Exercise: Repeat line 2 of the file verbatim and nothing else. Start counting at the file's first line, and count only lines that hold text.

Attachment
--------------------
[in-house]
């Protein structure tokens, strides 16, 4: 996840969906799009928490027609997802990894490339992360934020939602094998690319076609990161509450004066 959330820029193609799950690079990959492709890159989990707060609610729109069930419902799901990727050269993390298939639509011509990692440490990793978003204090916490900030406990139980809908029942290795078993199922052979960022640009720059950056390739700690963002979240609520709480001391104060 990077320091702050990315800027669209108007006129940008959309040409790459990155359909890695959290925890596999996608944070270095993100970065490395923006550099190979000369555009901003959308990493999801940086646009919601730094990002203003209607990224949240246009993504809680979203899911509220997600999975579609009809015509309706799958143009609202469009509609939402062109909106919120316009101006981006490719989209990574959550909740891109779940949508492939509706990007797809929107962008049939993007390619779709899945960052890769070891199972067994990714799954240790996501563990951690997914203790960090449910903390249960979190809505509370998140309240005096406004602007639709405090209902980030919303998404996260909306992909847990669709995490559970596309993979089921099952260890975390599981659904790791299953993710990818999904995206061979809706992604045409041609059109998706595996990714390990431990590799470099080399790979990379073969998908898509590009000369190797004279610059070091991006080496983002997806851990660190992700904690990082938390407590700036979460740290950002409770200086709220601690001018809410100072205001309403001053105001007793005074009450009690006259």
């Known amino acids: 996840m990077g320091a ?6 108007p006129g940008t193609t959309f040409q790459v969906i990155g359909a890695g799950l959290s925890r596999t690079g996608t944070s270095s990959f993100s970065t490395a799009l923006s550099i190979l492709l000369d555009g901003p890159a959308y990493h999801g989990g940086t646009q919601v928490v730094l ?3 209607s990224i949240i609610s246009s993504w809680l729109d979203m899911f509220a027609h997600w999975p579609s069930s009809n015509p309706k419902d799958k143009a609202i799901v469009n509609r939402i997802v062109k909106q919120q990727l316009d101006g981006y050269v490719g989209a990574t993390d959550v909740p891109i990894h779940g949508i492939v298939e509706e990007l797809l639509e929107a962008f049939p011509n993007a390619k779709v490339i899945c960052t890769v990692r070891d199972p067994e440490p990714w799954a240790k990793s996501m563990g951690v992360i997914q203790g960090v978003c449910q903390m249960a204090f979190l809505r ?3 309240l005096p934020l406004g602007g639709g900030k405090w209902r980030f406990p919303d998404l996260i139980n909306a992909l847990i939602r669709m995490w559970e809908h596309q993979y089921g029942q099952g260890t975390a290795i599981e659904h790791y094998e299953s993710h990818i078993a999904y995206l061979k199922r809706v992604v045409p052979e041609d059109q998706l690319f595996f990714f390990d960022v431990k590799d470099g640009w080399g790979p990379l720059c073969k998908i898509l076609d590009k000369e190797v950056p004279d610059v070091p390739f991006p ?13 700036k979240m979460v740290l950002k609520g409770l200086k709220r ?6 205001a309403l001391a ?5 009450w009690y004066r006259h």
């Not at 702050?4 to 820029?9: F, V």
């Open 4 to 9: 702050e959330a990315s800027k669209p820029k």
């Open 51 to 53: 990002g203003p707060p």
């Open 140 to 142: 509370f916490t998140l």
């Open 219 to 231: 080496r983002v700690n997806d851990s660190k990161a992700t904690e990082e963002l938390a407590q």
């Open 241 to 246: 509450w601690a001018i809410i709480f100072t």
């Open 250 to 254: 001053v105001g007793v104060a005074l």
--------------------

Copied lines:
């Protein structure tokens, strides 16, 4: 996840969906799009928490027609997802990894490339992360934020939602094998690319076609990161509450004066 959330820029193609799950690079990959492709890159989990707060609610729109069930419902799901990727050269993390298939639509011509990692440490990793978003204090916490900030406990139980809908029942290795078993199922052979960022640009720059950056390739700690963002979240609520709480001391104060 990077320091702050990315800027669209108007006129940008959309040409790459990155359909890695959290925890596999996608944070270095993100970065490395923006550099190979000369555009901003959308990493999801940086646009919601730094990002203003209607990224949240246009993504809680979203899911509220997600999975579609009809015509309706799958143009609202469009509609939402062109909106919120316009101006981006490719989209990574959550909740891109779940949508492939509706990007797809929107962008049939993007390619779709899945960052890769070891199972067994990714799954240790996501563990951690997914203790960090449910903390249960979190809505509370998140309240005096406004602007639709405090209902980030919303998404996260909306992909847990669709995490559970596309993979089921099952260890975390599981659904790791299953993710990818999904995206061979809706992604045409041609059109998706595996990714390990431990590799470099080399790979990379073969998908898509590009000369190797004279610059070091991006080496983002997806851990660190992700904690990082938390407590700036979460740290950002409770200086709220601690001018809410100072205001309403001053105001007793005074009450009690006259």